Wheels & Mandalas as Learning Tools

One way to open your eyes is to ask yourself,
"What if I had never seen this before?
What if I knew I would never see it again?”
—Rachel Carson
Why Circles?
“There is surely something magic about a circle, the way it
influences us to be both grounded and expansive at the same
Most of us have been taught to think of the passing of time as
linear, with one event following another in sequence by day, by
month, by year.
Placing the same events in a circle helps us discover patterns and
use them to communicate about what is really important to us.”
Anne Forbes, Wheels of Time and Place
Phenology or Life Cycle Wheel
Phenology, from the Greek word
phaino which means to show or
Phenology refers to the recurring stages that happen every
year in the life cycles of plants and animals. In general, this
Birth of young and sprouting of seeds in spring
Growth and flowering in summer
Transition and harvest in fall
Rest and dormancy in winter
Creative Expression
We all have the capacity for creative
expression, in fact our health and well being
depend on it.
We may or may not self-identify as artists,
and our work today is about the process of
learning and expressing something new
about our relationship with place.
Witness Trees, Phenology, &
Creative Expression
a studio day to explore the creativity that trees inspire
Anne Forbes, Partners in Place
Witness Trees bear witness to:
All that happens in your “own backyard” (our focus for today)
The unfolding fabric of time, change, and relationships
Photo by Rebecca Power
Witness Trees
bear witness to “deep time”
Methusela, bristlecone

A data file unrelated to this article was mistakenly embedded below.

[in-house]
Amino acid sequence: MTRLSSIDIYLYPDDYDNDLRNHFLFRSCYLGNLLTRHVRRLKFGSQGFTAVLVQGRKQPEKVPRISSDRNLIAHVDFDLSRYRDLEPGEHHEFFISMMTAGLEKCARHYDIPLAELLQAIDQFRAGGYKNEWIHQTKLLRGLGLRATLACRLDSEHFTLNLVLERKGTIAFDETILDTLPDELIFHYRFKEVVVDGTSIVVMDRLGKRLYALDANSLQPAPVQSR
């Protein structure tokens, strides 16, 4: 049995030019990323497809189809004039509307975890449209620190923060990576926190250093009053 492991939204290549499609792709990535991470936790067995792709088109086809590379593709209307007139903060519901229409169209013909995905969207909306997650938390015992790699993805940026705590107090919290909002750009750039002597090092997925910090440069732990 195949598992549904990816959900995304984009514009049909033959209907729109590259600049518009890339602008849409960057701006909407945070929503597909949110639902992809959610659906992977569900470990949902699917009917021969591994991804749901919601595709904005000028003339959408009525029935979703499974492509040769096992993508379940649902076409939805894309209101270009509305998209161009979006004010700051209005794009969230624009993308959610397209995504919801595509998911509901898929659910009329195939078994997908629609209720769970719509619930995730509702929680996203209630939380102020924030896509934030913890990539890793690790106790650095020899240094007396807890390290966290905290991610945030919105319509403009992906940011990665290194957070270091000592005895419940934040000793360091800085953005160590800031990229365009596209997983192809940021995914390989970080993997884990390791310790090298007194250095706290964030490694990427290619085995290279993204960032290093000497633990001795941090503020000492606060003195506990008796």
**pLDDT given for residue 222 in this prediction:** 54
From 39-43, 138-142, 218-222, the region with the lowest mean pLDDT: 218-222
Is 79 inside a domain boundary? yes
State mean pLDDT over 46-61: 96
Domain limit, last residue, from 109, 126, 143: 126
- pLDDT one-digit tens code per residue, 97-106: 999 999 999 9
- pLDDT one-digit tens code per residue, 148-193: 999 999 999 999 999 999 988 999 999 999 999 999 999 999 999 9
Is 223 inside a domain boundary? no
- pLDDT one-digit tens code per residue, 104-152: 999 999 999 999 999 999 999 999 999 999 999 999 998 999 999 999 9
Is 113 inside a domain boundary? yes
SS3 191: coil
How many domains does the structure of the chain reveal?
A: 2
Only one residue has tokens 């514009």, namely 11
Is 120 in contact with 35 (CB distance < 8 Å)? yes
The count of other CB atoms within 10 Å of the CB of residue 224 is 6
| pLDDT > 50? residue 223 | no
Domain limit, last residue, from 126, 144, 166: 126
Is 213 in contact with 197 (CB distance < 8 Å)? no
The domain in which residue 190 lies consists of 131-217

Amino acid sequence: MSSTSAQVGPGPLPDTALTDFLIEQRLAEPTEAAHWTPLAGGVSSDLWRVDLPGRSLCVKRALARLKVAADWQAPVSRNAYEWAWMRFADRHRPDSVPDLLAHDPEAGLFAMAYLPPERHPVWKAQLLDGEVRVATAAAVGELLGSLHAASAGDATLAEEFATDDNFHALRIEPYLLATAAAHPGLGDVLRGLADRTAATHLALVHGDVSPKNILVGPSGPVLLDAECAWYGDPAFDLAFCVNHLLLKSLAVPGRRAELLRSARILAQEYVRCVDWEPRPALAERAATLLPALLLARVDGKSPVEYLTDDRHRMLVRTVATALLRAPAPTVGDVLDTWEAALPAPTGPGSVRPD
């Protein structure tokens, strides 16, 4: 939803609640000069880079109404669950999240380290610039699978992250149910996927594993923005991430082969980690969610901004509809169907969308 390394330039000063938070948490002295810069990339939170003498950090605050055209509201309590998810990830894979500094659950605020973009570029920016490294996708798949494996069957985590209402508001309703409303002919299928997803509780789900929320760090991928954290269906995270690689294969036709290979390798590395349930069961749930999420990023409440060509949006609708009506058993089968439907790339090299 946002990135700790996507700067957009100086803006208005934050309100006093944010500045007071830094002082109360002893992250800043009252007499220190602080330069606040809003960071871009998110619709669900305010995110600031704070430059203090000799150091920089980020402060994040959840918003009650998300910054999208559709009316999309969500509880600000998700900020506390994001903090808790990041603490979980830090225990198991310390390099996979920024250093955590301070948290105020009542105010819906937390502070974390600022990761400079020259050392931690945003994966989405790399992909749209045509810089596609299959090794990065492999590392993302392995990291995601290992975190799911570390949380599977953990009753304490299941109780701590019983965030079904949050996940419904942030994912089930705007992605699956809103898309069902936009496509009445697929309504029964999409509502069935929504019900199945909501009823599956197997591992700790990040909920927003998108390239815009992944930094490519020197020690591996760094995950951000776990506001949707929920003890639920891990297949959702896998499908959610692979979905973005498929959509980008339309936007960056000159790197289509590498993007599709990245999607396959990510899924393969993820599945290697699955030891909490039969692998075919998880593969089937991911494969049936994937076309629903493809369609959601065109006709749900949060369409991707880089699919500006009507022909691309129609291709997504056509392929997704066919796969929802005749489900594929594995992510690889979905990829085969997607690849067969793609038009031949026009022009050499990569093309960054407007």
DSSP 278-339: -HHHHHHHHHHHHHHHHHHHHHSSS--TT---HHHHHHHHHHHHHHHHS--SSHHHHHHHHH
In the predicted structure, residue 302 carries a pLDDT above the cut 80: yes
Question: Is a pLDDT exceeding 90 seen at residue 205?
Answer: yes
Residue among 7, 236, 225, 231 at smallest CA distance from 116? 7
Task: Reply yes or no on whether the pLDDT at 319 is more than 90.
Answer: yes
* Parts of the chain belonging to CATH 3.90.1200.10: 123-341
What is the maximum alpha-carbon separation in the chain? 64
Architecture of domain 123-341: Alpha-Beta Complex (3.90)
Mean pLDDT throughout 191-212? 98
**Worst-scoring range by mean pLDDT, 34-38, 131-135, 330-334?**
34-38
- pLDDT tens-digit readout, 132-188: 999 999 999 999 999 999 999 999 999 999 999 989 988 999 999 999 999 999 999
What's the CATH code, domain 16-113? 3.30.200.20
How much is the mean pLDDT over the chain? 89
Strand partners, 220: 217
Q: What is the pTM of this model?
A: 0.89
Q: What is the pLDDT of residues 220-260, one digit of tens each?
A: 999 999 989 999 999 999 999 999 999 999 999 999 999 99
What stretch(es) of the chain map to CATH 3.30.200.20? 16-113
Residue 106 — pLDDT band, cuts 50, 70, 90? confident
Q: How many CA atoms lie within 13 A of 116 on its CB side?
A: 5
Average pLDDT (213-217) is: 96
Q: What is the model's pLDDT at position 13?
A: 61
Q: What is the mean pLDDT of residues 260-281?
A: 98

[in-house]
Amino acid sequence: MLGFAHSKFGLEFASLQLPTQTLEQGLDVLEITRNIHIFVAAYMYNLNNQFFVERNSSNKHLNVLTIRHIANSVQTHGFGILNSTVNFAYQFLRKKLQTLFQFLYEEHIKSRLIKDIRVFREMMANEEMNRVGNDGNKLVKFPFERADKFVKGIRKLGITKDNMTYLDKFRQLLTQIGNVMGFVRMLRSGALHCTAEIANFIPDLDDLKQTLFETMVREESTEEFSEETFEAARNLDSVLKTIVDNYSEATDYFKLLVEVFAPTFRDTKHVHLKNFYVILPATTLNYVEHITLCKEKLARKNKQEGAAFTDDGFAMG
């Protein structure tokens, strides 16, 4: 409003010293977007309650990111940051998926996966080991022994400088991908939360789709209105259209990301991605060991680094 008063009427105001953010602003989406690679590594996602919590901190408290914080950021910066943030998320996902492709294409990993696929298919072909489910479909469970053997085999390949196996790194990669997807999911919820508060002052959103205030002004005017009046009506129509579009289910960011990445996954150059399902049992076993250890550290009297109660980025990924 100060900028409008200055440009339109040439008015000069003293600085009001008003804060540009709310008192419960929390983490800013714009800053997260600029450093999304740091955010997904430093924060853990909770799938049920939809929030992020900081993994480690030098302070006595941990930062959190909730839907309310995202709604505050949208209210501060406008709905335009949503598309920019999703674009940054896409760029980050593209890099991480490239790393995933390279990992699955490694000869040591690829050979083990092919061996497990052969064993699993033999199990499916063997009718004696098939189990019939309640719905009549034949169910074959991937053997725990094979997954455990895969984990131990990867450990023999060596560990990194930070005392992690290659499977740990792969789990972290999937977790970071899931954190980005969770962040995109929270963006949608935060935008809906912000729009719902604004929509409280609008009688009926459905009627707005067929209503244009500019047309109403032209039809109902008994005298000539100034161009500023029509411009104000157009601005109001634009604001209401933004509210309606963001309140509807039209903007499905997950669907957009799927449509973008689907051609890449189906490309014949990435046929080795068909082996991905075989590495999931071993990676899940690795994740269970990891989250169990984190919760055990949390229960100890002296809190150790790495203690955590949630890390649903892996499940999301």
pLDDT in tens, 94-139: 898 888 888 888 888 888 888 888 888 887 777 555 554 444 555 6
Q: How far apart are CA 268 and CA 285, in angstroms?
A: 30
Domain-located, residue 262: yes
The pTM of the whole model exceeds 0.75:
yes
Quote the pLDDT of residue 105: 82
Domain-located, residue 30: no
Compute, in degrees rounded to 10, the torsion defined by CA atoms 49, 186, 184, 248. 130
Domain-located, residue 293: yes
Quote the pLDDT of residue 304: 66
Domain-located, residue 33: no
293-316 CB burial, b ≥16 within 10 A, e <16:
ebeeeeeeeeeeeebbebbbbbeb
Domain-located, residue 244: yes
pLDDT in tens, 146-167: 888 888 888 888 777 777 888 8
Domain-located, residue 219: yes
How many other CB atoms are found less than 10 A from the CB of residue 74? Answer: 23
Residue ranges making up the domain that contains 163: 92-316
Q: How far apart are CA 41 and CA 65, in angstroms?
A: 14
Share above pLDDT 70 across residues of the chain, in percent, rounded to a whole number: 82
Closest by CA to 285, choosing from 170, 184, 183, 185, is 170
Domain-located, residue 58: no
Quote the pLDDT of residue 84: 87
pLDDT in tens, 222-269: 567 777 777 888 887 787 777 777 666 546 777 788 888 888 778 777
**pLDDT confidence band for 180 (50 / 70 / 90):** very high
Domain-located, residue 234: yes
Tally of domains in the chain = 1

pine, 4765 years old, CA
General Grant,
giant sequoia, CA
Witness Trees + Phenology +
Creative Expression
Phenology Wheel for a Tree:
Begin with the “Tree as Itself”
1. Place an image or
representation of your tree in
the center. What is the theme of
your wheel?
2. Combine observations,
recollections, research to
create a Wheel for the entire
year at once
Wheels as a Place Where Science Meets Art
Drawings in pen and ink and watercolor
by Kristin Sobel
Life of Migratory Birds
A “Phenology Wheel” Activity
for Learning about Bird ConservationCycles
Anne Forbes, Partners in Place
Janet Moore, University of Wisconsin-Madison
Susan Bonfield, Environment for the Americas
Tips for Teaching
What to Record
Record life cycle and migration details gleaned from
Your direct field observations
Research from books or on the internet
Interviews of naturalists or scientists
A mix!
Tips for Teaching
Ways To Record on a Wheel
Write – text, phrases or poems
Take photos
Cut & paste a collage
A mix of the above!
Text for Information and as a Design Element
Poetry inspired by a place
Decorative text recording phenology
Sketching and Drawing
Drawing from a Combination of Research and Observation
(Tracing from reference photos is a good tool to use here)
Sketching and Drawing
Direct Observation of a Place
UW Arboretum College for Kids Summer 2012
A Year in the Life of a a Single Species
Environmental Science Memorial High School in
Madison, WI
Teacher: Nancy Piraino
Students to summarized and integrated what they
learned through the year by designing a Wheel.
• Center: Theme
• Outside Rim: Selected topics covered during the year .
• Ideas and images in the middle of the Wheel, between the center and the
rim, connect the theme in the center to the topics in the rim.
Tips for Success
“What am I supposed to DO?”
Allow expression over perfection! This is your personal
space to record your observations and research.
Emphasize the process over the final product. Spelling
errors, erasing, tracing, and using images and photos
from books are OK!
Show examples and encourage creativity.
Encourage kids to collaborate and share their wheels
with others
Tips for Outdoor Observations
Preparation… set up expectations and show examples before going
Personal Space…choose a spot that can be visited regularly, not too
close to someone else’s. Stay within sight and sound of the leader.
Bring notebooks to record observations, a clipboard to hold the
wheel, extra pencils, and something to sit on. Having a “kit” ready
to go saves time.
Observe quietly for 15-20 minutes. Be patient with kids…this will
happen with time!
Plan to meet for a few minutes at the end to share observations.

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